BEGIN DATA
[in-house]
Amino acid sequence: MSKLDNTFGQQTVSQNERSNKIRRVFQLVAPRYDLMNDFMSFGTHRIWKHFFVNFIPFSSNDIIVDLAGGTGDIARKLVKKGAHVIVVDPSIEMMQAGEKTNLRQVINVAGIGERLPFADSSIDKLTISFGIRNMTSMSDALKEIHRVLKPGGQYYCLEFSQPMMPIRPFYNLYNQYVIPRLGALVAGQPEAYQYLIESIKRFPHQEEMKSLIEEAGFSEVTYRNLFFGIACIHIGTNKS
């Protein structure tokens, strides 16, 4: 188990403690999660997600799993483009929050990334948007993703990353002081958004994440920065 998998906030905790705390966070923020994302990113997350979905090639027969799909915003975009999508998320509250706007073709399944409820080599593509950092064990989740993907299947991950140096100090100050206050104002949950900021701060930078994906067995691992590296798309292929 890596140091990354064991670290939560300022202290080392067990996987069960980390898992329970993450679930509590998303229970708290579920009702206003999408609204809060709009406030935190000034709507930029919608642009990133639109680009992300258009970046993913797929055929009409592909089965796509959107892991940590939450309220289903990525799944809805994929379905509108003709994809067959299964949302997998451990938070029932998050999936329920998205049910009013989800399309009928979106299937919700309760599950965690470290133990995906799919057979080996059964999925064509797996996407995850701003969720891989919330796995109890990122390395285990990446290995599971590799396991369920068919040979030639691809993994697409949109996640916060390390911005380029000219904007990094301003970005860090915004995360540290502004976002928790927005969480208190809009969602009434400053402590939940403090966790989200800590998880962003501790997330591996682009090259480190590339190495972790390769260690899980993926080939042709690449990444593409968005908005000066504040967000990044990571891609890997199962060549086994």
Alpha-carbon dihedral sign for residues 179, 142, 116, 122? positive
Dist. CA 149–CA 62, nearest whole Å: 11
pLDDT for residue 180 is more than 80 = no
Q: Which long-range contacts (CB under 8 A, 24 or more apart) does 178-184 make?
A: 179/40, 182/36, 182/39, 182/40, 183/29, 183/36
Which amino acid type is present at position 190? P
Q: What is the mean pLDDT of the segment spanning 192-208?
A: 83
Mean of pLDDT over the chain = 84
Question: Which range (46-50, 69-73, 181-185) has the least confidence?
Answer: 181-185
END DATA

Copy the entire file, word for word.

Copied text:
[in-house]
Amino acid sequence: MSKLDNTFGQQTVSQNERSNKIRRVFQLVAPRYDLMNDFMSFGTHRIWKHFFVNFIPFSSNDIIVDLAGGTGDIARKLVKKGAHVIVVDPSIEMMQAGEKTNLRQVINVAGIGERLPFADSSIDKLTISFGIRNMTSMSDALKEIHRVLKPGGQYYCLEFSQPMMPIRPFYNLYNQYVIPRLGALVAGQPEAYQYLIESIKRFPHQEEMKSLIEEAGFSEVTYRNLFFGIACIHIGTNKS
């Protein structure tokens, strides 16, 4: 188990403690999660997600799993483009929050990334948007993703990353002081958004994440920065 998998906030905790705390966070923020994302990113997350979905090639027969799909915003975009999508998320509250706007073709399944409820080599593509950092064990989740993907299947991950140096100090100050206050104002949950900021701060930078994906067995691992590296798309292929 890596140091990354064991670290939560300022202290080392067990996987069960980390898992329970993450679930509590998303229970708290579920009702206003999408609204809060709009406030935190000034709507930029919608642009990133639109680009992300258009970046993913797929055929009409592909089965796509959107892991940590939450309220289903990525799944809805994929379905509108003709994809067959299964949302997998451990938070029932998050999936329920998205049910009013989800399309009928979106299937919700309760599950965690470290133990995906799919057979080996059964999925064509797996996407995850701003969720891989919330796995109890990122390395285990990446290995599971590799396991369920068919040979030639691809993994697409949109996640916060390390911005380029000219904007990094301003970005860090915004995360540290502004976002928790927005969480208190809009969602009434400053402590939940403090966790989200800590998880962003501790997330591996682009090259480190590339190495972790390769260690899980993926080939042709690449990444593409968005908005000066504040967000990044990571891609890997199962060549086994």
Alpha-carbon dihedral sign for residues 179, 142, 116, 122? positive
Dist. CA 149–CA 62, nearest whole Å: 11
pLDDT for residue 180 is more than 80 = no
Q: Which long-range contacts (CB under 8 A, 24 or more apart) does 178-184 make?
A: 179/40, 182/36, 182/39, 182/40, 183/29, 183/36
Which amino acid type is present at position 190? P
Q: What is the mean pLDDT of the segment spanning 192-208?
A: 83
Mean of pLDDT over the chain = 84
Question: Which range (46-50, 69-73, 181-185) has the least confidence?
Answer: 181-185